It will cost the city of Cincinnati an estimated $300,000 to clean up a composting site they shut down in February due to odor complaints.
Composting is the process of taking food or other organic waste and recycling and is a more environmental friendly alternative to landfills. The company ‘Compost Cincy' says that is what they were trying to do while renting an old landfill site from the city, but after numerous odor complaints, the city shut them down and locked them out.
"It turned out to be an odor problem for the neighbors. That nuisance condition is not something we are going to consider acceptable so we just had to shut down the operation and look for a better alternative," said Larry Falkin, Director of Cincinnati's Office of Environment and Sustainability.
Falkin says the idea of the first centrally located composting facility in Cincinnati started out as a win-win for businesses, the city and the environment. Large commercial companies could send their waste to the old landfill site on Este Avenue where Compost Cincy would break it down and sell it. But demand for composting proved to be much bigger than they anticipated.
"They designed their operation for about 20,000 tons a year. I think at their peak they were receiving a rate more like 80,000 tons a year," said Falkin.
All that decomposing waste became a smelly problem for industrial neighbors so the city opted not to renew the lease.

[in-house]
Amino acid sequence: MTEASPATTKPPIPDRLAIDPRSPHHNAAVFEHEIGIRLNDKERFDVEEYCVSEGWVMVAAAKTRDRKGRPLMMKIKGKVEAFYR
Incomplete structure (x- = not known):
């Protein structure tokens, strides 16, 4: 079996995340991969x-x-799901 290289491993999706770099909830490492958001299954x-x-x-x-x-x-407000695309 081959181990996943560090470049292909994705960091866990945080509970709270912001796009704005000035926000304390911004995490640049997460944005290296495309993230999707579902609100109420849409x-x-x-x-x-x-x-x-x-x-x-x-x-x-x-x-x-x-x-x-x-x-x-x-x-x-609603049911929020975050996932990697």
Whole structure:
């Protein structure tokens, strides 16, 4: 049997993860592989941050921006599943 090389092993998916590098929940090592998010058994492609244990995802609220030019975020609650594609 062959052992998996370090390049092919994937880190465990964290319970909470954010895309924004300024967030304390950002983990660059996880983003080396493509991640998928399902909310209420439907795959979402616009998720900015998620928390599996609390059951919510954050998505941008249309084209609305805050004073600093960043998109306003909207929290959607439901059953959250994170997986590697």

"When the city had asked us to relocate in about April of 2013 we said sure we'll need help and adequate time to do that," said Grant Gibson, Owner of Compost Cincy.
Gibson says despite his need to find a new site, transport the material and maintain his business, the city refused to give him enough time to do it. They demanded the company leave the site by December 31, 2013. Due to the harsh winter, Gibson says the process of moving their material became difficult. Before they could clean up the site, the city locked the gate in February. He says the allegations that his company left a $300,000 stinky mess behind are unfounded.
"We are an environmental company. We care about the environment. Landfill diversion is our biggest initiative and for us to just spread two feet of material across the site, we would never do anything like that," said Gibson.
Gibson blames the eviction on the city's poor zoning policies. While he admits some odor may have made it off site after heavy rainfalls due to the amount of waste they are processing, he doesn't believe that was reason enough for eviction. He believes if all parties (Compost Cincy, the city of Cincinnati and the industrial neighbors) had sat down together, a compromise could have been made.
But now it is the middle of July and the smell is still there. The city estimates it will take 3-4 months to clean up with an estimated $300,000 price tag.
"We will be asking city council to appropriate funds to enable us to do the cleanup," says Falkin.
He doesn't fault Compost Cincy in the closure calling it a lesson in high demand and not enough infrastructure.
The city claims they are prepared to file suit against Compost Cincy to recover costs. Gibson says he doesn't owe the city any money claiming the city allowed him to operate the first 6 months rent free, but due to all the controversy he is now in the process of closing his business.